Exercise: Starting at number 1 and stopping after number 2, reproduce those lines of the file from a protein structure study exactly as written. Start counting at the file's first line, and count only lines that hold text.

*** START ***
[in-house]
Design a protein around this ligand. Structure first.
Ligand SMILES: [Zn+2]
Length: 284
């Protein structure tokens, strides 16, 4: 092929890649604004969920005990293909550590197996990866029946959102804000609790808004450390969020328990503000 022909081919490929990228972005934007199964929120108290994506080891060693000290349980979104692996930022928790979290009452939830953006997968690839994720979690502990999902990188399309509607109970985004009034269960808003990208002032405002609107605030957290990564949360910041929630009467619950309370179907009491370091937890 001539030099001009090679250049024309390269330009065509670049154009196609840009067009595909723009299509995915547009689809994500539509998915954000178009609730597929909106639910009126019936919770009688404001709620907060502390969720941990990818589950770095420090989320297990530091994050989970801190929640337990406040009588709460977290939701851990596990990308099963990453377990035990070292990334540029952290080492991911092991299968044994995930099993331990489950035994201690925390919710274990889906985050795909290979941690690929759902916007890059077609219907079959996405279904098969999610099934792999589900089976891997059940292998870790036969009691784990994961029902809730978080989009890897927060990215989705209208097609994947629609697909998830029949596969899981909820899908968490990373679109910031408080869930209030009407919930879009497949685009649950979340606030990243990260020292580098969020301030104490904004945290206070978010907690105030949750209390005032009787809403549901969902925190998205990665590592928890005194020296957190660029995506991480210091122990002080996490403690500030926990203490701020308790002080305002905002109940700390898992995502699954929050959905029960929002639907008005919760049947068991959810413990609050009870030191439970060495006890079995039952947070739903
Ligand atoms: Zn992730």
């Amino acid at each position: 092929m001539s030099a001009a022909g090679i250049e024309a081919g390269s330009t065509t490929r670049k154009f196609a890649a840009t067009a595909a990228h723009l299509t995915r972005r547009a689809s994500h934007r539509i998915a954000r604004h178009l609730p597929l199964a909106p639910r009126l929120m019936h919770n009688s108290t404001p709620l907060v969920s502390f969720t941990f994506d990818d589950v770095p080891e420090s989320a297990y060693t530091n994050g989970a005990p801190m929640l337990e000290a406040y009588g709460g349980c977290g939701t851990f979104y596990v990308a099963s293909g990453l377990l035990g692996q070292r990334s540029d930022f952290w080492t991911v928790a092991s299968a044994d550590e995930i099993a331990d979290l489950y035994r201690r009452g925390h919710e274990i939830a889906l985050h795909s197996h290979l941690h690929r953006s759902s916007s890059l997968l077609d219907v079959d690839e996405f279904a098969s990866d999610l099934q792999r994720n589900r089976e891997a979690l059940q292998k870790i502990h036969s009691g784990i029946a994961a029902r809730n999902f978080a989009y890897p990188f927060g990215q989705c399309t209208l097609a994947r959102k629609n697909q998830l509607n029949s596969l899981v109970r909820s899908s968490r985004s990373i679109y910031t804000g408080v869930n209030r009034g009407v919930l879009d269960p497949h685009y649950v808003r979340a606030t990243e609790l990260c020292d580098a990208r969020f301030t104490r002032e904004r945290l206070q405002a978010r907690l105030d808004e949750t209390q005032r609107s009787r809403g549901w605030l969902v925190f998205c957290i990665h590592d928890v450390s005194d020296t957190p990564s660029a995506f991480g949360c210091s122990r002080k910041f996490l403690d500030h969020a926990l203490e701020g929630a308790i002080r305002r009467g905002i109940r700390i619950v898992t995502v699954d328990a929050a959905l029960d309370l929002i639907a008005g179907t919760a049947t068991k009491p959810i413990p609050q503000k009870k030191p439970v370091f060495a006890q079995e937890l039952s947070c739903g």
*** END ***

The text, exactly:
[in-house]
Design a protein around this ligand. Structure first.